Cobbled streets close to the Mundo Bolivar were lined with jacaranda trees and the leaves and seeds from these were starting to fill the gutters and tiny cracks between the smooth cobbles, havens for insects and so a sought after food supply by a small brown bird that we saw commonly only in the San Telmo district.  So ordinary is this dun coloured bird scurrying amid the detritus of the old and tired city streets, that it must go completely unnoticed by most passers by, however this gentle animal is the Rufous Hornero, an important bird and our first in South America.


Rufous Hornero


The great South American continent has within it a third of all the birds of the world, the biggest, the brightest and most prolific, so for the first bird on our great journey into this continent to be the Rufous Hornero, would be to some a disappointment, not to us, for like so many things in life, its ordinary and insignificant appearance belies its fascinating behaviour and cultural importance and bestowed upon it the title, not only of  National and revered bird of Argentina, but Paraguay and Uruguay as well !


Honero among leaves


Close up, the Rufous Hornero has the appearance of any city gent, smart, upright and proudly moving about with delicate and purposeful movements.  There were a pair of Honereos in Bolivar street, working together, like Dickensian pick-pockets, to flush out insects and locate seeds in the cracks and crevices of the cobbles and the autumnal leaves the gutter.  They seemed efficient, not surprisingly as these birds are strictly monogamous and mate for life, one of the enduring features that lend themselves to people.  Another feature is their amazing ability to construct a home, a little like the mud huts of Inca antiquity.  Their nest will be within the winding and secure interior of the mud walls which the birds will jointly defend with vigour and  along Bolivar street we found the home of ‘our pair’ beautifully positioned high up on the stucco façade of a building.


Honero nest on facade

Much more about the birds of Argentina can be found by contacting Aves Argentinas.




British Wildlife Photography Awards 2013

This is a Wildlife Photographic Competition exclusive to the British Isles & GREAT, this year – I’ve managed to get two Highly Commended awards.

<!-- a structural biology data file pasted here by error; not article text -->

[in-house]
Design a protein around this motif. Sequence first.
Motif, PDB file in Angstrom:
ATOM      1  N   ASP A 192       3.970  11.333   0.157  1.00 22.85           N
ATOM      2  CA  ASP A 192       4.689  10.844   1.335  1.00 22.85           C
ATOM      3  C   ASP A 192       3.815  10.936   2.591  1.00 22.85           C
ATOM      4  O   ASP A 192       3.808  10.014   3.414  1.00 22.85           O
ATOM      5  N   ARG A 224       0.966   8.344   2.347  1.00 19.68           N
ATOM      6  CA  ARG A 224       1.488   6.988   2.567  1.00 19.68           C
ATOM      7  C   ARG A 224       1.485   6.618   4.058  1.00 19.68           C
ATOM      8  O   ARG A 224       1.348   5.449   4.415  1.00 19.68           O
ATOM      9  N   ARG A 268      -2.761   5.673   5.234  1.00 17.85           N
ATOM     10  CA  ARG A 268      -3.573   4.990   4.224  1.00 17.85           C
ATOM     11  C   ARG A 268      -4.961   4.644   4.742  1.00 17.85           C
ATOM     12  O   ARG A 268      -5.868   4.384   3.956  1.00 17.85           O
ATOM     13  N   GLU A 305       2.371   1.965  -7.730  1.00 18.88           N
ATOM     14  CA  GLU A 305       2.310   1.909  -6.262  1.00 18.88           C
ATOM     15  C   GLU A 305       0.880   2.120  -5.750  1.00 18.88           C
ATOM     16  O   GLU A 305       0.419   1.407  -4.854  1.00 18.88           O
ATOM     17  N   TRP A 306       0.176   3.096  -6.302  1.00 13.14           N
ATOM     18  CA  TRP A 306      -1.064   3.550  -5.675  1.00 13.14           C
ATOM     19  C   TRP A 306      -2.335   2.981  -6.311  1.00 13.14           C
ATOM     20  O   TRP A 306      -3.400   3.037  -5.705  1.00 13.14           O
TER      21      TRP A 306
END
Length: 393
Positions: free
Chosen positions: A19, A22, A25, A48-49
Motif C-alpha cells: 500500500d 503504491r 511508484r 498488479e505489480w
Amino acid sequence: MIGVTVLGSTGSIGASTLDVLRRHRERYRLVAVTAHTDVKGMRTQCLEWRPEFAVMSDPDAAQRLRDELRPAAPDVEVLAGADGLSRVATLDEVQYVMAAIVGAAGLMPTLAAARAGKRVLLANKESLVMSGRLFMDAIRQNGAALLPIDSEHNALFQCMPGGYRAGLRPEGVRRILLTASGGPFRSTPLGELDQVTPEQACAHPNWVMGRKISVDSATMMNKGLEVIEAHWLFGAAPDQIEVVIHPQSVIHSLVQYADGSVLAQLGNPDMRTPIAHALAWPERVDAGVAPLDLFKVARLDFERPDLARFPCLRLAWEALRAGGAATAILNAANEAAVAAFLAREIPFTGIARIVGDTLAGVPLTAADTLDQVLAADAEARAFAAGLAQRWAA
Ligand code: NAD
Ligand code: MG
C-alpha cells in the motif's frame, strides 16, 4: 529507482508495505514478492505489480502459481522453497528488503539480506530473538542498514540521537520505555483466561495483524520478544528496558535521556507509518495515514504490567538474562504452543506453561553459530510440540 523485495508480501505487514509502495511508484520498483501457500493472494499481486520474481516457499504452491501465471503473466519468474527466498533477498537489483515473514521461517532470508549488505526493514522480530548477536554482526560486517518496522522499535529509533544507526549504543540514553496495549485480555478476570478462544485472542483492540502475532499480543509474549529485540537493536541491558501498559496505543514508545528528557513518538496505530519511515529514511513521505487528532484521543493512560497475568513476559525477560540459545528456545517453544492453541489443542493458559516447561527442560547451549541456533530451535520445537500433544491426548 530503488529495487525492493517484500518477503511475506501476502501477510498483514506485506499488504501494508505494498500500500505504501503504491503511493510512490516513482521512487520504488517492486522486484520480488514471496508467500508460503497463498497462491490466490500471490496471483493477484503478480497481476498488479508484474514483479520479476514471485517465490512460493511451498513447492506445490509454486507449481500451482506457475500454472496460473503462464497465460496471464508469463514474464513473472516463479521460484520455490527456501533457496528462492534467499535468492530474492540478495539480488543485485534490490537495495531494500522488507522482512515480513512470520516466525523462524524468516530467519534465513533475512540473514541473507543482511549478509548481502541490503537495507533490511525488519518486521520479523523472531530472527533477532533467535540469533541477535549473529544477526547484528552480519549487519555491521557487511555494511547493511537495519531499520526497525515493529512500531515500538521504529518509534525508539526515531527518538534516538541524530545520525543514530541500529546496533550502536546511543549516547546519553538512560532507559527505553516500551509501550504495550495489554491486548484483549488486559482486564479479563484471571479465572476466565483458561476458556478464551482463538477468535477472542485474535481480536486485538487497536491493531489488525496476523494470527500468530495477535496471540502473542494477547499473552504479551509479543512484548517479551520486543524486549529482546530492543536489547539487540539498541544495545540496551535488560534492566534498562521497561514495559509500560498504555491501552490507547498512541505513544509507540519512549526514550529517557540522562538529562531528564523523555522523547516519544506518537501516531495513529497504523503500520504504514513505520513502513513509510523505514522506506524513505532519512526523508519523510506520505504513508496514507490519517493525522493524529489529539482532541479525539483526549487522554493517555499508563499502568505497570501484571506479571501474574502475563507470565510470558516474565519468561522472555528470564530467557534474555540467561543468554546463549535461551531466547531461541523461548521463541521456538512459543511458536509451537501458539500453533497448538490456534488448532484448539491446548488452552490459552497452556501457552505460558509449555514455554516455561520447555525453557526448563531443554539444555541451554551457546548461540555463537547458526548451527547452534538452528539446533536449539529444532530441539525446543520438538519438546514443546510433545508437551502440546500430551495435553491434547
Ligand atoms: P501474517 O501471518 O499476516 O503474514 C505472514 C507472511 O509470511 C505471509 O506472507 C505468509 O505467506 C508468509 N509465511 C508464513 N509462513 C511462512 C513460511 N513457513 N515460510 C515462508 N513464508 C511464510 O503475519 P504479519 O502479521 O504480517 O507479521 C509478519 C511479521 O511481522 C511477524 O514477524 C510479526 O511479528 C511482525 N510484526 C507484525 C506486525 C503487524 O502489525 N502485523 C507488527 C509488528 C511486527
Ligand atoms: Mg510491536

So a trip down to London yesterday to the Mall galleries .

BWPC Mall Galleries

Lots of photographers, judges, sponsors and organisers.

BWPA peeting in the Mall galleries

Me inside the Mall Gallery

BWPC Me in the Mall Galleries

and an amazing evening chatting to other photographers & seeing the ‘Winning’ Images – WONDERFUL. Introduced and compered by Chris Packham

BWPC Chris Pack 1

& finally my two images –

HIDDEN BRITAIN - Lackey Moth caterpillars


Comma butterfly

Canadian Ski Marathon

The long awaited moment has arrived. After several screenings in Ottawa and Leicestershire Websters Wildshots new documentary is ready for its official web launch. Not just this, but in the last few days this video was awarded best documentary at the MMM (Midlands Movie Maker) annual meeting. Well done Paula!

This latest documentary follows the skiing adventures of Richard Webster and Geoff White as they battle to ski 180 km over two days, as part of the Canadian Ski Marathon (CSM).

This epic xc ski event sees skiers -of all abilities- pit themselves against the elements of winter.   The two days of skiing is split into 10 stages. A stage can vary in its distance and terrain. Skiers new to the CMS might choose to ski just a few stages a day, whilst the seasoned skier might attempt the entire route. Whatever distance a skier might aim for, there is a common bond between all: I love the outdoors during winter and buckets of camaraderie!


Here’s a selection of photos from Canadian Ski Marathon.

You might even be in one of the photos! If you see one you like, you can buy a print online !!!

Remote camera trapping

I have recently started to use camera traps in a local wood.

The point is not necessarily to get great photographs but to understand what animals are present and to understand their movements.

I have had one remote camera stolen so am now being very careful where I place my new ones. I do have permission to be in this otherwise private wood and to undertake photography and this is important if you are thinking of doing this sort of work. I have been reasonable happy with the results so far, here are a few of them.

I only position my remote camera close to the set entrance once a week, to avoid disturbance.

The vast majority of my successful pictures have been of a fox and they take the majority of the peanuts I put out.


This fox has stood still for a moment, usually they are on the move and the image quality is very poor.

Winterlude in Ottawa

Winterlude is one the winter highlights for Ottawa’s locals and tourists. This two week festival celebrates all things cold. It is famous for both the largest skateway in the world and an exciting ice carving competition.

This winter Webster’s Wildshots enjoyed a reunion in Ottawa, as Paul and Michael visited their son, Richard. This was a great opportunity to do some photography and filming of a Canadian winter… a scary thing for us mere Brits.

Camera in hand the reunited trio set out to capture some photos of Winterlude.

The ice carving competition opened with the one block challenge. Here the grandmasters of ice carving gathered to transform one block of ice in one hour!

As Winterlude continued more ice sculptures were added. The NCC has some great photos on Flickr too And more and more people started to visit, lots travelling by the Rideau canal Skatway.